These theoretical insights have led to improvements in average model quality (around 6.5%) that are somewhat smaller than what we expected initially. In hindsight, Modeller’s heuristic to derive multi-template restraints works surprisingly well. Also, since Modeller’s internal workings (e.g. the stochastic optimization) are optimized together with its own restraints, it might well be possible to improve on the presented results by specifically optimizing Modeller’s model building procedure with our new restraints. We note, however, that an average model score improvement of 4.4% ( versus in GDT-ts, see Table A in S1 Text) corresponds to the difference in GDT-ts scores between the 3rd best and 14th best server in CASP10 [5]. This is a considerable success in particular because our theoretical approach is quite general and can be transferred to other homology modelling methods and to the up-and-coming field of modeling large protein complexes from heterogeneous experimental data [33].

We noted during our tests that the positive impact of the new restraints on model quality is strongest when evaluated with the strictest score, GDT-ha, as compared to the less strict GDT-ts or TMscore (Table A in S1 Text). Here, strictness refers to how severely already small deviations of the model from the true structure are penalized. This observation shows that the improvements of our new restraints are to a substantial degree in the high-precision regime, i.e., below 1 Å, by further improving regions of the model that are already fairly well modeled. Since the best-modeled regions are expected to largely coincide with the highly conserved and hence functionally most important parts of the protein, we expect the new restraints to have the strongest impact on the functionally most important regions of the model.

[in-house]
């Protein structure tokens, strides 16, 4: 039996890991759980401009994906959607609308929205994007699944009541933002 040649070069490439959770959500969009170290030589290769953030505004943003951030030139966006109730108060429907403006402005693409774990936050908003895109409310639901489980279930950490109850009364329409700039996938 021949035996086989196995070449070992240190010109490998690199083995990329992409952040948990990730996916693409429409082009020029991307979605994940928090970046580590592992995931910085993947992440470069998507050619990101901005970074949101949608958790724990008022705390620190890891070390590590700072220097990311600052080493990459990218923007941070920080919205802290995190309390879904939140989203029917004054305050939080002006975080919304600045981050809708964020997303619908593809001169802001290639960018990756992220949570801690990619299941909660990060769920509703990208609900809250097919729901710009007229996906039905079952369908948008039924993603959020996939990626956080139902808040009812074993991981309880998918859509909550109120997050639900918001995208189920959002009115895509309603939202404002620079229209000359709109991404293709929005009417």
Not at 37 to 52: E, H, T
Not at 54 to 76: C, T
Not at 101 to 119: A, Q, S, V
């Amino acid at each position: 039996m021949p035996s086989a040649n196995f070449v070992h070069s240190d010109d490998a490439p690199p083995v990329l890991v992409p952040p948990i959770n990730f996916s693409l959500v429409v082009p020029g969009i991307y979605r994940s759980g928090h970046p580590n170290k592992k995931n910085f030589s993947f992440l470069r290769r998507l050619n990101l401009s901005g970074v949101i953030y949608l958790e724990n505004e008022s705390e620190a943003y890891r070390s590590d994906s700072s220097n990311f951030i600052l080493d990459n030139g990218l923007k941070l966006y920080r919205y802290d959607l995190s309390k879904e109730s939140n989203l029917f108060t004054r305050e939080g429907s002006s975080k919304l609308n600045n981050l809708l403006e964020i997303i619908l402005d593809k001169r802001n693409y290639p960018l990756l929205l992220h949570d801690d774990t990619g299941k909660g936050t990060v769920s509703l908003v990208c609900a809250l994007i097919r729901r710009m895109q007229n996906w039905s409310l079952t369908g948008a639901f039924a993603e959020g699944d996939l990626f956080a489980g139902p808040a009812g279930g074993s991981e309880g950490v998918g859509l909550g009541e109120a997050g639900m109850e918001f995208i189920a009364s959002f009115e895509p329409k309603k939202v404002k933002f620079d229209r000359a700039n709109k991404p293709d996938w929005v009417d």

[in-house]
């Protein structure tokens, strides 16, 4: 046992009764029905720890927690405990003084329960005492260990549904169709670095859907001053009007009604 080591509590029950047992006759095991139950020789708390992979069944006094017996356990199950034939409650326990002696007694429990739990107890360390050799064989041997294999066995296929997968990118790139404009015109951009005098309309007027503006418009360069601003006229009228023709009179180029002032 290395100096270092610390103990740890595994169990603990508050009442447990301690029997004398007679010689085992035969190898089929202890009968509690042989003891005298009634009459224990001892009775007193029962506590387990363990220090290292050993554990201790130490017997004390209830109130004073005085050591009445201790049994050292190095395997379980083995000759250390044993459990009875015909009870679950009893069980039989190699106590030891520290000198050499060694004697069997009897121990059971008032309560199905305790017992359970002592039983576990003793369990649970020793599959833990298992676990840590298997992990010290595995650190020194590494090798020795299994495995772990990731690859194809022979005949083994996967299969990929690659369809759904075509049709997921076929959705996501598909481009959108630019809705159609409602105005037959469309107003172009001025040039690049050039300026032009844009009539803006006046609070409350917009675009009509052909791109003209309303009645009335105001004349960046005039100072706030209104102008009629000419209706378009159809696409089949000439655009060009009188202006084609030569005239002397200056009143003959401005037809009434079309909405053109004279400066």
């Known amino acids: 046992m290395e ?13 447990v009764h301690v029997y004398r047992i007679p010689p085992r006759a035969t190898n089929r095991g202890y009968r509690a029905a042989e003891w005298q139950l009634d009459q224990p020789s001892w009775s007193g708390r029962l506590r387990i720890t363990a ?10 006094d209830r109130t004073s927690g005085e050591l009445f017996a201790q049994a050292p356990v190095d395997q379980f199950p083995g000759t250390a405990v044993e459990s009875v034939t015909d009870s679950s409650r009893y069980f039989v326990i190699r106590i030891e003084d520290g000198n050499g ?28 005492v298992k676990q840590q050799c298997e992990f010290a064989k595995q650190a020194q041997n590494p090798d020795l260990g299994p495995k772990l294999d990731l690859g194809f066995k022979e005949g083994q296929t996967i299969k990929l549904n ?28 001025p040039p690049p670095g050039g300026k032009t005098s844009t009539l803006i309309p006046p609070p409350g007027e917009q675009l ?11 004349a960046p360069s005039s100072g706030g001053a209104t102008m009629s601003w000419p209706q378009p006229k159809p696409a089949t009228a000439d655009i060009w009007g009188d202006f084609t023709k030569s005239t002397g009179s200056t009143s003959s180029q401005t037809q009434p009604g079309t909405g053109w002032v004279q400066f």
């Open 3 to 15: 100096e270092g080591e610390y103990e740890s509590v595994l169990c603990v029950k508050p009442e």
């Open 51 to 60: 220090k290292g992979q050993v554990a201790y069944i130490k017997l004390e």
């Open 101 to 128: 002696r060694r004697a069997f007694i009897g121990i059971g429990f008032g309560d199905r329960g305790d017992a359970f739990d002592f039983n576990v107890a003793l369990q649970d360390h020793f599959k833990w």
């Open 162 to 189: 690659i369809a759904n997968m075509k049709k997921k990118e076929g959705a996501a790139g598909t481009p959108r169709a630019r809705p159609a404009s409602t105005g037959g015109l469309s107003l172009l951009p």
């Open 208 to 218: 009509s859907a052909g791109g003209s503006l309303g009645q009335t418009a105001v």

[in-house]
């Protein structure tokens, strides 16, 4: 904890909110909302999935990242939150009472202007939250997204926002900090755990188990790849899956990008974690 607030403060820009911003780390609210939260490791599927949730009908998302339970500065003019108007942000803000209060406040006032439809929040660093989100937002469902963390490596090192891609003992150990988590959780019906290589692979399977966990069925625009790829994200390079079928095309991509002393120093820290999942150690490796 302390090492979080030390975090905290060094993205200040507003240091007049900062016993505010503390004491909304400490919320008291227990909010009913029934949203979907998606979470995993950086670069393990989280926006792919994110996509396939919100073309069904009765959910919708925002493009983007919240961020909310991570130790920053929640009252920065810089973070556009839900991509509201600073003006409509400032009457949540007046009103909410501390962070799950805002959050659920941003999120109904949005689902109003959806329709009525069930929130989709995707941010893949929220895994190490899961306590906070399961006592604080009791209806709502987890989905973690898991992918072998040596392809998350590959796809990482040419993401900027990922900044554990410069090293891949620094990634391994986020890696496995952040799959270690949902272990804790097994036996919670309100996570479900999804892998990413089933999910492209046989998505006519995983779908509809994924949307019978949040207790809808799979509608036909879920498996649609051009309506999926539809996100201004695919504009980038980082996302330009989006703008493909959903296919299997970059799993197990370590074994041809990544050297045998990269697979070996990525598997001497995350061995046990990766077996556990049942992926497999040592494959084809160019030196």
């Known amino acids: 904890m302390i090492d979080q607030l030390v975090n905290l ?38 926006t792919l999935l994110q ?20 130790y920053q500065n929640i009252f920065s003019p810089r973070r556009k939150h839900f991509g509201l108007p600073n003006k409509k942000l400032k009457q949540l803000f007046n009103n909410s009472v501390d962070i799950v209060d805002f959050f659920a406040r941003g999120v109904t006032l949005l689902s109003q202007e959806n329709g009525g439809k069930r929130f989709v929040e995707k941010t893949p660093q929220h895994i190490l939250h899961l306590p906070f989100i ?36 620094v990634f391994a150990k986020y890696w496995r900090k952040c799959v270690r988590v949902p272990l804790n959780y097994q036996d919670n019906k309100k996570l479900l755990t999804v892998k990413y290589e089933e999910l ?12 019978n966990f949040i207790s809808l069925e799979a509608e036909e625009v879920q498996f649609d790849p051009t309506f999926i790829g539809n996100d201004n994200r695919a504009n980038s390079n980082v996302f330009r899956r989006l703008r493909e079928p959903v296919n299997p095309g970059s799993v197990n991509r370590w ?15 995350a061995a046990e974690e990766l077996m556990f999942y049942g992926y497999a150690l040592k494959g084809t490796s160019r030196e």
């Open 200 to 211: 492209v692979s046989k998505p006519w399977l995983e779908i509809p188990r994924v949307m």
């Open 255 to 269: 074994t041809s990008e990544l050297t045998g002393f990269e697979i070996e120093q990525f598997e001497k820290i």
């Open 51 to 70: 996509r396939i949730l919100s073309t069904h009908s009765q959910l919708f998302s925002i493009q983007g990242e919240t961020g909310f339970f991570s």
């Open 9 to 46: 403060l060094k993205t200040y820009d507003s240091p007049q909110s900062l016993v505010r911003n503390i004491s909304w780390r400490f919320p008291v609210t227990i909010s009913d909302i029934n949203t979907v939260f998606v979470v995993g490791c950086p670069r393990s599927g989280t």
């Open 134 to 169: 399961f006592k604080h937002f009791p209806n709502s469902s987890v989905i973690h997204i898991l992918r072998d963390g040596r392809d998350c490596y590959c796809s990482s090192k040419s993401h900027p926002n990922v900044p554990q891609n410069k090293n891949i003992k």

We are convinced of the power of probability theory in describing quantitative phenomena under uncertainty. Modeller is an excellent case in point. An interesting idea is to carry the probabilistic view further by probabilistically integrating structural and sequence information. All approaches so far start from a fixed query-template alignment (or from a set of alternative alignments) and try to find the 3D model that is best compatible with the alignment. To allow information from the 3D modelling to be fed back to the alignment stage and vice versa, it seems promising to explore the joint posterior probability distribution of alignment and 3D structure. One way to do this would be by Markov Chain Monte Carlo Gibbs sampling of the alignment and the model structure from appropriate conditional distributions.

Supporting Information

S1 Text. Contains supplemental figures (single template neural network, sequence identity distributions), tables (model quality scores, alignment features, CASP results) and methods (details of template weighting).


S1 Fasta. Training, optimization and test set.

These correspond to the supplemental files S2_training_set, S2_test_set.fasta and S2_optimization_set.fasta, respectively.



We would like to thank Andrei Sali (UCSF), Markus Meier, and Jessica Andreani for discussions, and Milot Mirdita for bioinformatics support.

Author Contributions

Conceived and designed the experiments: JS AM. Analyzed the data: AM. Wrote the paper: JS AM.